12/25/2015—Readers of this blog know that hallowed secularism will have close connections to traditional, organized religion—especially what might be called the mythic life of our religions. Thus, hallowed secularism in India will be strongly influenced by Hinduism, in the Islamic world, by Islam.
The Christian West bears already the strong marks of religion in its secularism. The whole idea of “good without God,” for example, is Christian to its core.
At the heart of the mythic life of Christianity, its rhythm, is the movement from Advent/Christmas to Good Friday/Easter. From promise to event, from tragedy to resurrection. It is this rhythm that hallowed secularism in the West must learn from.
The major thrust of the Christian myth is its inherent meaningfulness. And that meaningfulness is not negative but positive. The ultimate optimism of Dante’s Divine Comedy or Milton’s Paradise Lost and Paradise Regained is absolutely true to Christian life and thought. The creative power of the Christian West historically can be placed here—at the point of meaning and optimism.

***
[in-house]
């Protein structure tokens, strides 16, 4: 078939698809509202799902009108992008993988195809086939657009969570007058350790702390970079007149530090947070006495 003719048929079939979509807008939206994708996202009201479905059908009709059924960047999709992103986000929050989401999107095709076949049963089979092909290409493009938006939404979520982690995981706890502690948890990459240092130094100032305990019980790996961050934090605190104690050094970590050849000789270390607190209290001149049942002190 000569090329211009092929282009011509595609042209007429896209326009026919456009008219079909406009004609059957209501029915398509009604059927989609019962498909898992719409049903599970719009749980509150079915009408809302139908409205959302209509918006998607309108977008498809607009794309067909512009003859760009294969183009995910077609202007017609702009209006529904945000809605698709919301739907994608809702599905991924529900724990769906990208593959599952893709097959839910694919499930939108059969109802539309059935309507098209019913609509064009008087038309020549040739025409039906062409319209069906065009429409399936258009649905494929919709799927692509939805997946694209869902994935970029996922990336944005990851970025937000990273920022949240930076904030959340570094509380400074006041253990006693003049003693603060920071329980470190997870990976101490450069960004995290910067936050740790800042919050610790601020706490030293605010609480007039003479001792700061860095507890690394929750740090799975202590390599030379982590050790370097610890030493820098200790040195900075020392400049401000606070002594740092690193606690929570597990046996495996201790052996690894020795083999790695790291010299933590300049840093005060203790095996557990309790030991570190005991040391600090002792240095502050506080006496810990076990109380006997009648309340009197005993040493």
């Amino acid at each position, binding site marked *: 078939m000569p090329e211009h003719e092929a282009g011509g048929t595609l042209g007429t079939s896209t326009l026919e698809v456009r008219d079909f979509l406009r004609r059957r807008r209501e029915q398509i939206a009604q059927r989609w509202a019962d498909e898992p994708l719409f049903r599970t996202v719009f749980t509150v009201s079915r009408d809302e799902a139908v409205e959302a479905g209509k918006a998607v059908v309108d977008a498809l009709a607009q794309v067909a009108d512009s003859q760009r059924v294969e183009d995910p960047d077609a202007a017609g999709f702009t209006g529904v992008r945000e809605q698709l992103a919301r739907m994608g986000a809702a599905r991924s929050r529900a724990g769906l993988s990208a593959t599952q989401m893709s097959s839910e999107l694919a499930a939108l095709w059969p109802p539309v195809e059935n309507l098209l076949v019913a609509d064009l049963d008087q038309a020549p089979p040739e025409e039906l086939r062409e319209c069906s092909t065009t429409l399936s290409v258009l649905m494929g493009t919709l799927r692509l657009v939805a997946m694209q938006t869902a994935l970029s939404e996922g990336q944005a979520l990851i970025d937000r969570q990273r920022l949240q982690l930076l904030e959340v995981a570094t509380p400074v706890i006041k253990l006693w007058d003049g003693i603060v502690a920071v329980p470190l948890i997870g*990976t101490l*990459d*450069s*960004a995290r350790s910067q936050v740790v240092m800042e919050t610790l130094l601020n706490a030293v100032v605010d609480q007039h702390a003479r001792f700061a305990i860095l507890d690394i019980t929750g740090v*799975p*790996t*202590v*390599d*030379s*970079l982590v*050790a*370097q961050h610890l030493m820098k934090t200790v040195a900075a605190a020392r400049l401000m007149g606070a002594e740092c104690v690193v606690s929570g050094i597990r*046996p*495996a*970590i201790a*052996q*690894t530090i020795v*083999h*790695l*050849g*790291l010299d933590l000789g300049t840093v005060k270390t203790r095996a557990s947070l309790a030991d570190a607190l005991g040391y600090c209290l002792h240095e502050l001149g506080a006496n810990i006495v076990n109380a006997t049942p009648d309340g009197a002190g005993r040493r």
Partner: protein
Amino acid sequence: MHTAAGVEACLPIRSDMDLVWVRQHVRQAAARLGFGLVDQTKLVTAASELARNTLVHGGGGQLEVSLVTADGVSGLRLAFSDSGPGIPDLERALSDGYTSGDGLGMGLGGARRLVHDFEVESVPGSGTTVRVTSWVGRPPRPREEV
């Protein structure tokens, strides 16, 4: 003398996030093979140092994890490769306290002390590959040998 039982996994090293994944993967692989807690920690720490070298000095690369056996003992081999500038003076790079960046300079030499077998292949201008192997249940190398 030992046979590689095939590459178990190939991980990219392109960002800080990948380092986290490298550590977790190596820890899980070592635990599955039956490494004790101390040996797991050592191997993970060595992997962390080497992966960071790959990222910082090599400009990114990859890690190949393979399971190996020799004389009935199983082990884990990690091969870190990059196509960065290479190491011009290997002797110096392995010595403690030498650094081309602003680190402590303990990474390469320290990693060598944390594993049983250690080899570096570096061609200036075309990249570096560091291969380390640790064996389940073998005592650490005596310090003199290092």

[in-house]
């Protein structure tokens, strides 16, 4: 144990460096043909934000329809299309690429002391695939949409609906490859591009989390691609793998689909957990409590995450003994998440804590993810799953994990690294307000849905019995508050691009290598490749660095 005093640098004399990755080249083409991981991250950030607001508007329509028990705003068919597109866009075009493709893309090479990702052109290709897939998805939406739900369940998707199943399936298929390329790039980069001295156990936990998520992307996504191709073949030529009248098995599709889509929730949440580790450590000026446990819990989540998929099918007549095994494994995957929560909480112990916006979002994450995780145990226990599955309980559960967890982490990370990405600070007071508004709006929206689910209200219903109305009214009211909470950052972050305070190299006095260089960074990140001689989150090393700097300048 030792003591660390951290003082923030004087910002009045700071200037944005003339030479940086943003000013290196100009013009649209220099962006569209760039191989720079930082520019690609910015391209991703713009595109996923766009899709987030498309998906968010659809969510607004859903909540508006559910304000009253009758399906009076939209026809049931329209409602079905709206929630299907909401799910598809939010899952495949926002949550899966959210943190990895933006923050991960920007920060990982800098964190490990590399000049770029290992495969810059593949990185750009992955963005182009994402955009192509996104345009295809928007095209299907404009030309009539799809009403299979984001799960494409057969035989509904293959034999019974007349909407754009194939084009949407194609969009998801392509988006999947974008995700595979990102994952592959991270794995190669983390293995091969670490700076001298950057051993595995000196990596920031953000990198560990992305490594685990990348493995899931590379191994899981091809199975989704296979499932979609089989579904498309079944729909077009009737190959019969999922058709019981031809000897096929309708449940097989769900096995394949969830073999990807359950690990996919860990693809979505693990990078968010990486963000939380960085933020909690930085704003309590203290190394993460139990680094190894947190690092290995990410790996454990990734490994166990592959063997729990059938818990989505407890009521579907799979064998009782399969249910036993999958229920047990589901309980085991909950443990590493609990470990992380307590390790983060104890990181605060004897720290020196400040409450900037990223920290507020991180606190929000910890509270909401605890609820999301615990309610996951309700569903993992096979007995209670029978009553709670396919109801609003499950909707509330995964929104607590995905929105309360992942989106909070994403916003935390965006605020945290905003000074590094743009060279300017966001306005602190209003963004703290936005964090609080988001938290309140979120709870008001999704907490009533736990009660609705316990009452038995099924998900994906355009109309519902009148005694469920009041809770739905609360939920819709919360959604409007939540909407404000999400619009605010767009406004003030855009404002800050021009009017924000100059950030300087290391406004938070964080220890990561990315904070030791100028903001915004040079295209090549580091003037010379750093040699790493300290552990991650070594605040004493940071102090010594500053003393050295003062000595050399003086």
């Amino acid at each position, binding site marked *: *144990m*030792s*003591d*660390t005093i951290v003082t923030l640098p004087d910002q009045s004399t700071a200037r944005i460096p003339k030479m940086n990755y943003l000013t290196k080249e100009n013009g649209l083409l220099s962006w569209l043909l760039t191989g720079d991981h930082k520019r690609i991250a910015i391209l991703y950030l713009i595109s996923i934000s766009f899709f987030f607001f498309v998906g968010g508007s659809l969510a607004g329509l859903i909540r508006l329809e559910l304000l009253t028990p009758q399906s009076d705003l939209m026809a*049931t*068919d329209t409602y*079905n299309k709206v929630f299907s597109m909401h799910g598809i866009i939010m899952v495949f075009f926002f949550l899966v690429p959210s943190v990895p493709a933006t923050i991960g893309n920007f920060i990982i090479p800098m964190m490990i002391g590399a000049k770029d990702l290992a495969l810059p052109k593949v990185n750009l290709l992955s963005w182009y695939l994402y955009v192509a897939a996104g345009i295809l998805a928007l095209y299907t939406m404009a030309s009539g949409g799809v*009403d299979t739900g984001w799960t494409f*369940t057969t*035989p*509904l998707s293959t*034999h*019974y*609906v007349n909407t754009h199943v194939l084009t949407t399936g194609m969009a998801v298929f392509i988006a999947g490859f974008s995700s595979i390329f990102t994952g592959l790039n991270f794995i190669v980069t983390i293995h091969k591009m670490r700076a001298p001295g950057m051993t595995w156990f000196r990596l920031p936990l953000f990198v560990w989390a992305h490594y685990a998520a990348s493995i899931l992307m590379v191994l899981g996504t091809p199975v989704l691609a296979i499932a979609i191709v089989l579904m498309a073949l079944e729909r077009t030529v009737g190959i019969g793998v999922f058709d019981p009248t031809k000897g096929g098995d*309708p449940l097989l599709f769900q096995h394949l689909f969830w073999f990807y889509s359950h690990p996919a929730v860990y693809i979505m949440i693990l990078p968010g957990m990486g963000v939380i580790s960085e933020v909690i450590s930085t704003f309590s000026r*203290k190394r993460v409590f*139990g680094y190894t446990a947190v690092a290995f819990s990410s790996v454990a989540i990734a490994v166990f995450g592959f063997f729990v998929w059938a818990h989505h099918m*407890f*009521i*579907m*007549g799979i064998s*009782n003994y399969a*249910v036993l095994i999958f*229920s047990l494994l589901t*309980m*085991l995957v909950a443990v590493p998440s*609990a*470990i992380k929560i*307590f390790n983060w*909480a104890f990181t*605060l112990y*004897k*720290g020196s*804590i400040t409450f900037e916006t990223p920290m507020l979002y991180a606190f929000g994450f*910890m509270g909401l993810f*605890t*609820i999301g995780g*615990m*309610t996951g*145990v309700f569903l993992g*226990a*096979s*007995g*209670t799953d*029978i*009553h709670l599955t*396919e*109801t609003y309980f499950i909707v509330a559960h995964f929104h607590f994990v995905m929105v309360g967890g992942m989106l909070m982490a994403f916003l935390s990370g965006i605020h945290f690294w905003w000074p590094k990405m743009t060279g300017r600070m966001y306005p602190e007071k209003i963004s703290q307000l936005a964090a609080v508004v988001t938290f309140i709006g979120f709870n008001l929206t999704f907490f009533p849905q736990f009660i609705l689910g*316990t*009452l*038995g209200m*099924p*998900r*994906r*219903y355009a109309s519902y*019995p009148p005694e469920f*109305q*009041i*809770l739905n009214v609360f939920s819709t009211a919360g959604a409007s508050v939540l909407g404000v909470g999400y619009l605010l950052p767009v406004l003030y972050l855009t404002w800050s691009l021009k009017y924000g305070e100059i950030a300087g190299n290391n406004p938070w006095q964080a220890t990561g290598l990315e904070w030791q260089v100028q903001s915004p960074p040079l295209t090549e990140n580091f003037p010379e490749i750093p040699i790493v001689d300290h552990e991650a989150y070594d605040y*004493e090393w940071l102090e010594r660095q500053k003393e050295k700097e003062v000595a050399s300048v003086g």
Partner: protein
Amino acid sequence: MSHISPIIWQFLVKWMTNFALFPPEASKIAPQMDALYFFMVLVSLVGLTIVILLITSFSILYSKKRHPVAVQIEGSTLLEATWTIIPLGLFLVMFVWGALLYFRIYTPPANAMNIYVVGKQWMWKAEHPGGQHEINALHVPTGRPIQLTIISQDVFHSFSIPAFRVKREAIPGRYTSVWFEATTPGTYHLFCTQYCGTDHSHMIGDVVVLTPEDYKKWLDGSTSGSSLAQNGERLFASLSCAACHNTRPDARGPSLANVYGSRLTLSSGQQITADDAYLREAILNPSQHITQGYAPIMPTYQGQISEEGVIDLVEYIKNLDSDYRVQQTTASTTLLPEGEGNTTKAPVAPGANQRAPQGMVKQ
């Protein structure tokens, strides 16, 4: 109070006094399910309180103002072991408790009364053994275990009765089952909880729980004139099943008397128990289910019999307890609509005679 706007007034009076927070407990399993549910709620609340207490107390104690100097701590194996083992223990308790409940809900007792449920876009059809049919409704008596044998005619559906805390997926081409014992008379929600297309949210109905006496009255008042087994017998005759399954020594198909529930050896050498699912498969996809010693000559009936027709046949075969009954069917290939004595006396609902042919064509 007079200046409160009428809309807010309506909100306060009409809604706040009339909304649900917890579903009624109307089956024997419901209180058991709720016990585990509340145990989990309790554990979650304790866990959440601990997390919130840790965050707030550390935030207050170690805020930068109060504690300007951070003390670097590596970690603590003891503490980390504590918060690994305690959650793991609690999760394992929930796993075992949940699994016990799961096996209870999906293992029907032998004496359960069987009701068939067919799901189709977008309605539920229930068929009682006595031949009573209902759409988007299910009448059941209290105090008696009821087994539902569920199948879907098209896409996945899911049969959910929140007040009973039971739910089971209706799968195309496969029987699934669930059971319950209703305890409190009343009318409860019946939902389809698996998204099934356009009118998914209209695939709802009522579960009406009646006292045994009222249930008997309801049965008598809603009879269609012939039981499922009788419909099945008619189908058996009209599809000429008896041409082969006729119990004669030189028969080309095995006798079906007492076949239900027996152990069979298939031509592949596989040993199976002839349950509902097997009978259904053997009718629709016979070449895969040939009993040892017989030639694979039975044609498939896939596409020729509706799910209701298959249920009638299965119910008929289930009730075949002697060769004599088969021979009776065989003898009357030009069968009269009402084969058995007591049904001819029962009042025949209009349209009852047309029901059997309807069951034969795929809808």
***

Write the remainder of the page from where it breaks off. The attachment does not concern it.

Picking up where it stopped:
It is at this point that the struggle of hallowed secularism with nihilism occurs. It is not clear how that struggle will go. Even Heidegger, the thinker of western post-Christianity, is not clear to me on this crucial point. On meaning, yes. But I have seen him read as a tragic thinker.
I believe not. When Heidegger holds out for the West an other beginning, he seems to me to be doing just what hallowed secularism must do—adapting to the myths of its religious origins. Christmas is always an other beginning. The Christ child is always coming. Advent is Heidegger’s emphasis on preparation.
That is enough for today. For Christmas Day. How Easter will go is another issue for another day.